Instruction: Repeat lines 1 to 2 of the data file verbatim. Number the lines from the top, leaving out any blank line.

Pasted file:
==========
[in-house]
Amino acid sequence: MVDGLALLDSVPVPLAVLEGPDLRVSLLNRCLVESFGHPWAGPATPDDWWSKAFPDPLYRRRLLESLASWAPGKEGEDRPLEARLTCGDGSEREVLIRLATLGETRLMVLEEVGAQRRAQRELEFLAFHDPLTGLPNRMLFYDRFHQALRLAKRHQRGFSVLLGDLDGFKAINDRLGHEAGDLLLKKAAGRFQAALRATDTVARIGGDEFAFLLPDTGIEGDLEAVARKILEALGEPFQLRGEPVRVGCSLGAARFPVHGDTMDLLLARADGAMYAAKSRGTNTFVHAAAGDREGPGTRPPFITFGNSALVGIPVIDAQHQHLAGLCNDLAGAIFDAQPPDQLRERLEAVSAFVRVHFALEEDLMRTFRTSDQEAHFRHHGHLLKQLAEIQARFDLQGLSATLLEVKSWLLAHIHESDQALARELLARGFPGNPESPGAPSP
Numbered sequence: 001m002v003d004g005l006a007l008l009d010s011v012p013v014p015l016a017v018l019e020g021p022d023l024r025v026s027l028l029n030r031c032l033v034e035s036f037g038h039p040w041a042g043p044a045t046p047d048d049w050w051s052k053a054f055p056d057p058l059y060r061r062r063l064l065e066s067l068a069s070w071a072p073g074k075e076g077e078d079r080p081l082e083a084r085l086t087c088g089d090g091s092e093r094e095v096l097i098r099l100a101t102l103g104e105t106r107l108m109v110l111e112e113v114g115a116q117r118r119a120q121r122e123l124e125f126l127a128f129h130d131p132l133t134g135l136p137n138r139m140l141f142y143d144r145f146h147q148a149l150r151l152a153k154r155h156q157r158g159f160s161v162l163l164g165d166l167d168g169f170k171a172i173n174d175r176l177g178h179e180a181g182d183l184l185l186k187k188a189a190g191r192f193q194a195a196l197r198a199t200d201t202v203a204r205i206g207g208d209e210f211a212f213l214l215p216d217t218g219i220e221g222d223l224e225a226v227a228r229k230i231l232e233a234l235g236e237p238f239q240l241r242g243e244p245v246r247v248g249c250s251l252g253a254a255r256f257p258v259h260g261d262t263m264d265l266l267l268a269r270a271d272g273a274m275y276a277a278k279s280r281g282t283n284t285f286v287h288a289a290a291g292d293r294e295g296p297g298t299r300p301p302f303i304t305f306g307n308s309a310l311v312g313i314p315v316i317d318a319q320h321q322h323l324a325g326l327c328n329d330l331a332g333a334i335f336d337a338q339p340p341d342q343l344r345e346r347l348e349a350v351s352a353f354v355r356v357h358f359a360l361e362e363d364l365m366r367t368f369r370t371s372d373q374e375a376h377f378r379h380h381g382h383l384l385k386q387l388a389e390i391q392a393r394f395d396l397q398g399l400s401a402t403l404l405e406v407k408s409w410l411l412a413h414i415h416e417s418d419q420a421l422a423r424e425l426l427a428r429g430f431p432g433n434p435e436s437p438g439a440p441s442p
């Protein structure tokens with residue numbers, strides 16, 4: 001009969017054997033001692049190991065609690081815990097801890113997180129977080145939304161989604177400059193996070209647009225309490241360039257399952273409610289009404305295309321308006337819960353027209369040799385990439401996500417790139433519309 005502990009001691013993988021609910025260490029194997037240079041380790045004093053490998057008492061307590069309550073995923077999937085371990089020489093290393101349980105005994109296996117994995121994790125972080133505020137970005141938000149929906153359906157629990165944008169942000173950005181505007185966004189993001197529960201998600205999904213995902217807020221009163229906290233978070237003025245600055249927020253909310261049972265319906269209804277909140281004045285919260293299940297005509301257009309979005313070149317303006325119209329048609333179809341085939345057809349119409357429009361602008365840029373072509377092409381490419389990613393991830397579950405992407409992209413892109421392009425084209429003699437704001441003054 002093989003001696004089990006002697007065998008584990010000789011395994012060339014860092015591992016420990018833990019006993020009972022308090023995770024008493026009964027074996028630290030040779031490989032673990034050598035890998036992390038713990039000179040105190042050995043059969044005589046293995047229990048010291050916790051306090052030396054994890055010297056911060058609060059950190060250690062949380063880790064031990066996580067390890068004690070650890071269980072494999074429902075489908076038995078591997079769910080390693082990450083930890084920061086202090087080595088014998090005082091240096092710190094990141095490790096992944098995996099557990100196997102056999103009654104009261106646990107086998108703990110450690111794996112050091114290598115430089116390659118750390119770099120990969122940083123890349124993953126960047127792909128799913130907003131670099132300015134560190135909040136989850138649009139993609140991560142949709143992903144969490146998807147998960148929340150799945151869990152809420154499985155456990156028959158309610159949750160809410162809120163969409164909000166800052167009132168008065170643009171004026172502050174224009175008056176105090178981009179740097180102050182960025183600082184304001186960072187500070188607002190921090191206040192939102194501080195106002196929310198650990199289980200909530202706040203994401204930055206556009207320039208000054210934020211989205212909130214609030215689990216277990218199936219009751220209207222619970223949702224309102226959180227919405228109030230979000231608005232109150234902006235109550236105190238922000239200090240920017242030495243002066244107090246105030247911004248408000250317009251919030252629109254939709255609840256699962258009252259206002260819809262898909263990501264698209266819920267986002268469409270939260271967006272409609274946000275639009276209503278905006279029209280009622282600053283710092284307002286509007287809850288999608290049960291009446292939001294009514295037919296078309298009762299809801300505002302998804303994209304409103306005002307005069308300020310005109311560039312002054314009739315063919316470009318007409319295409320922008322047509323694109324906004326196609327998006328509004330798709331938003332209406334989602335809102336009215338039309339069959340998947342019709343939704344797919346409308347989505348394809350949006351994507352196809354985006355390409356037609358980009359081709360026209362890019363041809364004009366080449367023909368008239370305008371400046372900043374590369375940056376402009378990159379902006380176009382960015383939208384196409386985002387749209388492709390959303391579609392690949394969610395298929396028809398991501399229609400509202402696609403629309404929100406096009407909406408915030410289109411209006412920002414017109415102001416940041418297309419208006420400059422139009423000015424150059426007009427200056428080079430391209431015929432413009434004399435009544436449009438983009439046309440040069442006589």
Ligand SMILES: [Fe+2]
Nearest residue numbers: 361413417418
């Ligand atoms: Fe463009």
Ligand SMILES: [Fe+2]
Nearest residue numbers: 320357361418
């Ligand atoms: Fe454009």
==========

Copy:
[in-house]
Amino acid sequence: MVDGLALLDSVPVPLAVLEGPDLRVSLLNRCLVESFGHPWAGPATPDDWWSKAFPDPLYRRRLLESLASWAPGKEGEDRPLEARLTCGDGSEREVLIRLATLGETRLMVLEEVGAQRRAQRELEFLAFHDPLTGLPNRMLFYDRFHQALRLAKRHQRGFSVLLGDLDGFKAINDRLGHEAGDLLLKKAAGRFQAALRATDTVARIGGDEFAFLLPDTGIEGDLEAVARKILEALGEPFQLRGEPVRVGCSLGAARFPVHGDTMDLLLARADGAMYAAKSRGTNTFVHAAAGDREGPGTRPPFITFGNSALVGIPVIDAQHQHLAGLCNDLAGAIFDAQPPDQLRERLEAVSAFVRVHFALEEDLMRTFRTSDQEAHFRHHGHLLKQLAEIQARFDLQGLSATLLEVKSWLLAHIHESDQALARELLARGFPGNPESPGAPSP